Aside from those drivers making their Craftsman Truck Series debut, there’ll be a few more faces that haven’t visited the series yet this season. Jamie McMurray will be making his return to the series in the No. 09 Zaxby’s Ford for Roush Racing. The last time McMurray raced in the Truck Series was in this race in 2004.

Though most of the drivers returning to the series are guaranteed a starting spot based on owner’s points, Hermie Sadler will be forced to qualify on time if he wants to make his return to the series. Sadler’s last start in the series came in this race last year behind the wheel of the No. 71 for Andy Hillenburg. This time, Hermie Sadler will pilot the No. 48 Chevrolet for Fast Track Racing.

Even with all of the debuts and drivers returning to the series, two other drivers find themselves returning to trucks they’ve driven in the past. Terry Cook will pilot the No. 59 for HT Motorsports for the remainder of the season after being released from Wyler Racing following Talladega two weeks ago. Cook returns to HT Motorsports less than a year after he was released to make way for Whelen Modified driver Donny Lia, who made just one start in the No. 59 before leaving for TRG Motorsports.

In Terry Cook’s place, Jack Sprague rejoins Wyler Racing. Sprague will pilot the No. 60 Toyota after being released from Kevin Harvick, Inc. Sprague was released following a DNF at Talladega two weeks ago. Jack Sprague drove the No. 60 last season prior to joining Kevin Harvick, Inc; he scored one win and finished 19th in the points standings.

With alot of new and returning faces in the field this weekend, the Kroger 200 is sure to be an interesting race.

Did You Know…

  • Martinsville Speedway is one of only three tracks that the Craftsman Truck Series will visit twice this season? Dennis Setzer’s Dodge broke Toyota’s four-race winning streak at the 0.526 mile track when he beat Matt Crafton to the checkered flag in March.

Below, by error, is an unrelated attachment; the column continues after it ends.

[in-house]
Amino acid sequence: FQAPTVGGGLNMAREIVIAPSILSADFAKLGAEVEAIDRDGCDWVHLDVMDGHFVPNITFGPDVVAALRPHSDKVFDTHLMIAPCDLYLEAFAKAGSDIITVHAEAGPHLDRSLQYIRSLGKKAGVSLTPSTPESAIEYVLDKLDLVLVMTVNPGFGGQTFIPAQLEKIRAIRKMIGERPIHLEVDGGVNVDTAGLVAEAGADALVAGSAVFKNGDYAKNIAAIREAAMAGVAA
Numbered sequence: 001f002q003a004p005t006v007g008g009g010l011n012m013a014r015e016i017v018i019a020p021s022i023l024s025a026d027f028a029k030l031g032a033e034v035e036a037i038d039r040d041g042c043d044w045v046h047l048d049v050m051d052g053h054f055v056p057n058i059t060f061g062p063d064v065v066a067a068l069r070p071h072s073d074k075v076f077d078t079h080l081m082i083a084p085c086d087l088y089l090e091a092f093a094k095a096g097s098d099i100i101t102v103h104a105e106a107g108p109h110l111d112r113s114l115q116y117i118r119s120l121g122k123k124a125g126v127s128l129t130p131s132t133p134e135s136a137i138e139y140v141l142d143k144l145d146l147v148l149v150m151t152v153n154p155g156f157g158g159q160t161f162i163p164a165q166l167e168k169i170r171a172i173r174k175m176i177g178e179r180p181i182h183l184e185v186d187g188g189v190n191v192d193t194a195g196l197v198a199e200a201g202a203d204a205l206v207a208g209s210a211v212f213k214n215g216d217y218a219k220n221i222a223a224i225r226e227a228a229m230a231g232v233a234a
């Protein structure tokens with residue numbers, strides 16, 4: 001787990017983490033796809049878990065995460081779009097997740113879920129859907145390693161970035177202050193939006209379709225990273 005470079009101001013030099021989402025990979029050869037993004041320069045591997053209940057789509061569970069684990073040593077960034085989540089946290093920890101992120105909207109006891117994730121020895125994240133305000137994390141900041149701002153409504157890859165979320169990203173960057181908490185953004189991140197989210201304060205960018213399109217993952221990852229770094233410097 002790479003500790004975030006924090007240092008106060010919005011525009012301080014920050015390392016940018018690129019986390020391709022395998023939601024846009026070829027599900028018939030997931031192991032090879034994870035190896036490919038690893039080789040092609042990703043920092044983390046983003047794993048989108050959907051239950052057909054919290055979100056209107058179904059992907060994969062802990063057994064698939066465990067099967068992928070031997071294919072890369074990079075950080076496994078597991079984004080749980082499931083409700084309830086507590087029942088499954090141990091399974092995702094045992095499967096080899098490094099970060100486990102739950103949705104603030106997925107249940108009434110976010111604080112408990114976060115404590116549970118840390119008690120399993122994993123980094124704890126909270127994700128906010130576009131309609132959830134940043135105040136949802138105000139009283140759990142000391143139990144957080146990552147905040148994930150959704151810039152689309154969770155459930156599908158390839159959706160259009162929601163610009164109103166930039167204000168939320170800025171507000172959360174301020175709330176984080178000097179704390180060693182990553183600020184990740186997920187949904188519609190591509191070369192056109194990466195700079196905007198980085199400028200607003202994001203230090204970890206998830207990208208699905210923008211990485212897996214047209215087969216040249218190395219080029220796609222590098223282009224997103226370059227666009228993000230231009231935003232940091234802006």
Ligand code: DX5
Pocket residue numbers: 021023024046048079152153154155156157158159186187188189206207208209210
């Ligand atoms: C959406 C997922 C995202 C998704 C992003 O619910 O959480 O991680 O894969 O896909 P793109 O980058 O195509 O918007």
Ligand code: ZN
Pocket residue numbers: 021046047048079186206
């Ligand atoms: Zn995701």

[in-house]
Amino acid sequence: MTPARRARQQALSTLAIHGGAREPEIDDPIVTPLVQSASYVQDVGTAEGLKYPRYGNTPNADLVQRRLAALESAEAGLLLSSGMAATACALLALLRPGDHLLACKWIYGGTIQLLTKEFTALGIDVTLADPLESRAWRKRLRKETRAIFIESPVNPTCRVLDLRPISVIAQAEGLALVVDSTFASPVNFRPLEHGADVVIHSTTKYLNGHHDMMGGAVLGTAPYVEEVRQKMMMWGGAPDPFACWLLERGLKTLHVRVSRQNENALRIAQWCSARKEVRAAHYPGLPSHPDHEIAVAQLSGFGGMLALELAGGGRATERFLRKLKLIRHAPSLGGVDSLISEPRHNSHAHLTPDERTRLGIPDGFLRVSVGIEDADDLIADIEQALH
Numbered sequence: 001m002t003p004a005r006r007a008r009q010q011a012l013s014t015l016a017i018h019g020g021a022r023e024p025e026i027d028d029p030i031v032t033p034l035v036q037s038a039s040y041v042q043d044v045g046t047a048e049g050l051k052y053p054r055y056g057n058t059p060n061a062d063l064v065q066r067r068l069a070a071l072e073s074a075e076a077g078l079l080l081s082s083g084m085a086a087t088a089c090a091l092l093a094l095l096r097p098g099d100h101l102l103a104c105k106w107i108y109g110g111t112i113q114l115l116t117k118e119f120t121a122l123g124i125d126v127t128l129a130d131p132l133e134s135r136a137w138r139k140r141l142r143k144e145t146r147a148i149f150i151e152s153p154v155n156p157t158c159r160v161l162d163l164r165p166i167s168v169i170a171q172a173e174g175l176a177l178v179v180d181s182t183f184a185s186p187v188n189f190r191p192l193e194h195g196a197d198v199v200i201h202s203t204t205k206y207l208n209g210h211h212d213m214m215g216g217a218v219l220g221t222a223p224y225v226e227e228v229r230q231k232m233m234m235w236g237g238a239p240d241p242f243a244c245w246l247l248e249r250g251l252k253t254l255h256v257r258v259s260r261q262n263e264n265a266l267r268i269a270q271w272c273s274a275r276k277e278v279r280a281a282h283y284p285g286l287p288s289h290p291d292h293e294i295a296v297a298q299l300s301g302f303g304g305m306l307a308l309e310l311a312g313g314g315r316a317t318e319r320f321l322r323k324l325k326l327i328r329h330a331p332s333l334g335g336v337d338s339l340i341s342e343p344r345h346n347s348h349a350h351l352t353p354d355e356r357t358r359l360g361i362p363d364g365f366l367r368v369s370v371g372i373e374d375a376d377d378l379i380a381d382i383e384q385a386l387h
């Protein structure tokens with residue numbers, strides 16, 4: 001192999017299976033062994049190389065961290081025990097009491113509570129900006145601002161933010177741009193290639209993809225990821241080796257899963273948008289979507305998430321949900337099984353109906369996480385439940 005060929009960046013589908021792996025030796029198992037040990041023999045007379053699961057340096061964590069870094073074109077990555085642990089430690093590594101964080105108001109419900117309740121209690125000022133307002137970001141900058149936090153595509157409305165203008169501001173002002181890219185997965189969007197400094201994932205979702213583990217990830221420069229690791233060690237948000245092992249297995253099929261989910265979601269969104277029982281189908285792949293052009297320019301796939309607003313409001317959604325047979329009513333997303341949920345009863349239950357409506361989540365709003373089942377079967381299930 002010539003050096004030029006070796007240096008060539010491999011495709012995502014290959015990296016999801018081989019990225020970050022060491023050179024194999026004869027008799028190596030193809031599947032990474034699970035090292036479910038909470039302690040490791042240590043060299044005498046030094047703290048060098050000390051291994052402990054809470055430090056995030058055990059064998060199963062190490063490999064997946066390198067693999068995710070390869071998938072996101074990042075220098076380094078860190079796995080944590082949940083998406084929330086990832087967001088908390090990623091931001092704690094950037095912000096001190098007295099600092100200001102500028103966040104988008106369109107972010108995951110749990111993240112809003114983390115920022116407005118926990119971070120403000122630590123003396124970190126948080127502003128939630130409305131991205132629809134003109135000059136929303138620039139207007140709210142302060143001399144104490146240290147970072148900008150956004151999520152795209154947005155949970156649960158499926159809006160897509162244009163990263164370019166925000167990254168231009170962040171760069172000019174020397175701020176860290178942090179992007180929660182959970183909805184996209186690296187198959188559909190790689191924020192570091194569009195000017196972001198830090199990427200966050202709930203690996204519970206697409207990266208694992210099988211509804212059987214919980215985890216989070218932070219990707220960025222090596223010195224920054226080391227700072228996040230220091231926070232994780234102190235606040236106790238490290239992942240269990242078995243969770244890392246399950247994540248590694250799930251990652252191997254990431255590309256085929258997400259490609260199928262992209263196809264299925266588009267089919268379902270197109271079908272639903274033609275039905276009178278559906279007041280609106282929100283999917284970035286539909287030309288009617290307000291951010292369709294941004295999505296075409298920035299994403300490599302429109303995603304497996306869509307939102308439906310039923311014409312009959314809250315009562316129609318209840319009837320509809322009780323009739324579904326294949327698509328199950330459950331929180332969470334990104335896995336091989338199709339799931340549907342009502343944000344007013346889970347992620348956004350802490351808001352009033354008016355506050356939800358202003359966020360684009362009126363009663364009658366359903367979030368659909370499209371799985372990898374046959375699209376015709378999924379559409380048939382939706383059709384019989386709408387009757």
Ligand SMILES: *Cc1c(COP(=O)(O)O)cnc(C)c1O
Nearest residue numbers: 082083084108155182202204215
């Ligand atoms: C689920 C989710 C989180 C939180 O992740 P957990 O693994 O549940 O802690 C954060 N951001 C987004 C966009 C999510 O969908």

• Donny Lia will pilot the No. 81 Chevrolet for Randy Moss Motorsports for the remainder of the season? The official announcement was made earlier this week; Lia brings with him as a primary sponsor.
  • Johnny Benson’s truck will be unsponsored this weekend at Martinsville? The team will run a blank red and black truck.


“I think it takes two things to have success at Martinsville; the first being track position and second taking care of your equipment. It is easy to get aggressive during practice and use up your brakes and tires. Track position is so important. I think the crew chief is more important than the driver now. He has to make the call when to come down pit road and when to stay out.” Dennis Setzer, driver of the No. 18 Dodge

“Racing at Martinsville is pretty basic: Get your track position and protect it but at the same time, keep the nose on the truck. Pit strategy has become extremely important with the increased durability of the Goodyear Wrangler tire. That doesn’t mean everything’s out of the driver’s hands — especially on pit road. The best strategy can be foiled by a speeding ticket or bad luck. The pits are tight and the potential for being boxed in or a collision is always there.” Craftsman Truck Series Director, Wayne Auton

“It’s a tough little race track. The aerial view of it looks like a paperclip and it’s like driving on one, really. It’s awesome. I think the truck race is just long enough and there’s enough beating and banging to make the fans say that they got their money’s worth. I’ve gone there talking myself into having the patience of Job. It just doesn’t work.” Jon Wood, driver of the No. 21 Aqua Sun Motorsports Ford